DMCH interns vow to continue work stoppage until demands are met

The intern doctors called the strike on Thursday last week demanding justice for the attack on a fellow intern at the DU campus

Published : 14 August 2022, 09:48 AM
Updated : 14 August 2022, 09:48 AM

At least 200 intern physicians at Dhaka Medical College Hospital continued a work stoppage for the fourth day on Sunday, demanding justice for the attack on a fellow intern at the Dhaka University campus by some yet-to-be-identified men who introduced themselves as DU students.

The attackers, according to the demonstrating DMCH interns, allegedly beat intern Sajjad Hossain, at the Central Shaheed Minar “for no reason” on Aug 8.

Sajjad filed an FIR with Shahbagh Police Station immediately after the attack and the DMCH Intern Doctors’ Council issued a 48-hour ultimatum for the authorities to identify the attackers and take legal steps against them.

The council subsequently called the work abstention on Aug 11 for an indefinite period to protest the “failure of the law enforcement agencies to arrest those who attacked one of their peers” after authorities failed to arrest the perpetrators before their deadline.

On Sunday, none of the intern physicians attended their shifts on the scheduled duty roster and regular and resident physicians were taking care of patients.

Dr Maruf Ul Ahsan, general secretary of the DMCH Intern Doctors' Council, said since there is no visible progress in the police investigation, they are not inclined to withdraw the strike at the moment.

“What we have heard so far is assurances which have not borne fruit. None of the attackers have been identified or taken into custody. That’s why we won’t withdraw our programme,” he said.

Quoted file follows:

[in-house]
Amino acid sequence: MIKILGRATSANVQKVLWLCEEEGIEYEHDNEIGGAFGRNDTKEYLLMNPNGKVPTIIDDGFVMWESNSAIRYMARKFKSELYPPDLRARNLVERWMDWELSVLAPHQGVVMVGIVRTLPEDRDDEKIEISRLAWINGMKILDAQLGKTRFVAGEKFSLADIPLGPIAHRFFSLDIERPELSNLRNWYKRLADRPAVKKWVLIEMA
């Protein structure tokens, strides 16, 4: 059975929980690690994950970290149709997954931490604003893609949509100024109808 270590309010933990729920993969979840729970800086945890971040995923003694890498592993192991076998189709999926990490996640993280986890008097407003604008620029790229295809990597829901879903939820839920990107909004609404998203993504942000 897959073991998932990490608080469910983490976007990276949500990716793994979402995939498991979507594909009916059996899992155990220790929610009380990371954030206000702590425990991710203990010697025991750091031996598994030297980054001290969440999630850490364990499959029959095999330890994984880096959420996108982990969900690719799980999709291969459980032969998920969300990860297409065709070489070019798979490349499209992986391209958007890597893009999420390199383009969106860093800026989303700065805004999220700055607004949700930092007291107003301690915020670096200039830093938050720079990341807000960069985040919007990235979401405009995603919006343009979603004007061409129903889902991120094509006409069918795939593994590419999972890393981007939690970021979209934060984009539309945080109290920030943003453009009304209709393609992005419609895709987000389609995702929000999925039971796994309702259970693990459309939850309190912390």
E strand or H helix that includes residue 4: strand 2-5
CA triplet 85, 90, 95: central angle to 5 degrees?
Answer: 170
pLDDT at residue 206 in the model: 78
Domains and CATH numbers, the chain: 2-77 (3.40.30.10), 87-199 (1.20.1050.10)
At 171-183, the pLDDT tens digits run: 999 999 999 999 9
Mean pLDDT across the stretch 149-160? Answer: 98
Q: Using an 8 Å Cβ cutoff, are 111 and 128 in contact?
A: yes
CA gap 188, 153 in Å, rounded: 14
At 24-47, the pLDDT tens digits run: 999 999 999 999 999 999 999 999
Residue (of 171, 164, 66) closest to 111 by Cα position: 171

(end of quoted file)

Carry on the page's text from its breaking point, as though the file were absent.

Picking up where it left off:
Earlier on Friday, authorities at the hospital claimed that the work stoppage had little effect on the hospital’s regular activities.

Brig Gen Md Nazmul Haque, director of Dhaka Medical College Hospital, said the hospital’s operation was running smoothly even with the absence of a large pool of interns, who are considered cogs in the wheel in any Bangladeshi hospital.

“The hospitals have at least 2,500 physicians on the payroll, and a good number of them are trainees or on fellowships. For now, we are using them. So, I won’t say the operation of the hospital was disrupted too much because of the strike,” he said.

He also said the police investigation is taking longer than expected as the victim failed to identify his attackers from a police line-up.

“We are trying everything from our end to resolve the matter as quickly as possible.”

Toufique Imrose Khalidi
Editor-in-Chief and Publisher